Acanthamoeba infections

  • Amoeba commonly found in the environment; rarely causes diseases but lethal when it does.
  • It is more prevalent in persons wearing contact lenses than the general population.
  • Since it is a rare diseases it poses challenges in diagnosis.
  • Statistics: prevalence of Acanthamoeba keratitis in USA: 33 in a million of the contact lens wearer.
  • Symptoms depend on tissue/organ that is affected.
  • For Acanthamoeba keratitis the symptoms include: painful eye, redness of the eye, blurred vision, photophobia, foreign body sensation and excessive tearing.
  • For Granulomatous amoebic encephalitis (GAE) the symptoms include: focal paralysis, seizures, brainstem symptoms, and other neurological symptoms.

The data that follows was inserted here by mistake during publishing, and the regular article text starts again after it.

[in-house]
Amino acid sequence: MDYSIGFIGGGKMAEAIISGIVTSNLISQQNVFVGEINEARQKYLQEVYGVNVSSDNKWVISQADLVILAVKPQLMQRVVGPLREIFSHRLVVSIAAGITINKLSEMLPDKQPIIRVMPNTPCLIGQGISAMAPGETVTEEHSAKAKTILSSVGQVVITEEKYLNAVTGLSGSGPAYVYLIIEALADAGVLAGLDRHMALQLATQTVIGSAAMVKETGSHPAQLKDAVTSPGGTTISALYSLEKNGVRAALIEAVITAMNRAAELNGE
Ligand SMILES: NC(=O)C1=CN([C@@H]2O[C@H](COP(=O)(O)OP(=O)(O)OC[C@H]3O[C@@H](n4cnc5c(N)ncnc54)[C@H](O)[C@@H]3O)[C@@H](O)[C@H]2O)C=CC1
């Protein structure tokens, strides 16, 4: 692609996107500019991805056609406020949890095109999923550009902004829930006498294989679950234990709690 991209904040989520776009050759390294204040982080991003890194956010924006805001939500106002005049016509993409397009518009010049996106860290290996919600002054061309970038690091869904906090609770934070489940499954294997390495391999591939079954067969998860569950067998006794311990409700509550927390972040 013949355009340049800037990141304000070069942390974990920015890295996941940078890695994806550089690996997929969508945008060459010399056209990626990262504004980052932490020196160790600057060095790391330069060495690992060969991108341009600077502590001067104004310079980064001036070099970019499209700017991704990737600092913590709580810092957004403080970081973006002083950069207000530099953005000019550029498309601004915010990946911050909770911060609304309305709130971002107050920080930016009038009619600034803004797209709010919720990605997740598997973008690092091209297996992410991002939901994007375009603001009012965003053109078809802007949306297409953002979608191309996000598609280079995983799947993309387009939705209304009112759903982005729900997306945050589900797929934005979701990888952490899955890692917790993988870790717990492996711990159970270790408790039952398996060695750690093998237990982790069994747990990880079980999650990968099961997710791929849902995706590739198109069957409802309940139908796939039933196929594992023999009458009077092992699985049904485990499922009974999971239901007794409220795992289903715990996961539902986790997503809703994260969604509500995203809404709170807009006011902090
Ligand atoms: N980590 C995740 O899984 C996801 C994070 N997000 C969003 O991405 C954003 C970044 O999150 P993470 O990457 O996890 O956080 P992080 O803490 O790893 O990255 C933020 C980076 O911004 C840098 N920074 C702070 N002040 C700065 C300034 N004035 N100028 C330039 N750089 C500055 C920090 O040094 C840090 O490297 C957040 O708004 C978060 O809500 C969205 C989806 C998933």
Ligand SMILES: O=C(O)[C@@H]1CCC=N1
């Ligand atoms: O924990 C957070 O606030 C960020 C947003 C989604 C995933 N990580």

• Clinical diagnosis
  • Scraping of the eye, culture, and then confocal microscopy

For Acanthamoeba keratitis:

  • Contact lens associated keratitis
  • Keratoconjunctivitis sicca (dry eye)
  • Herpes simplex virus keratitis
  • Infection related keratitis
  • Recurrent corneal erosion

For others:

  • Tuberculosis
  • Aspergillosis
  • Herpes Simplex
  • Toxoplasmosis
  • Proper storage of and handling of lenses
  • Proper disinfection of lenses
  • Rx of skin infections with amphotericin B, voriconazole, ketoconazole, fluconazole, albendazole, co-otrimoxazole and sulphadiazine.
  • For eye infections, cationic antiseptics such as chlorhexidine that destroy hard-to-kill spores are used though generally not very effective.
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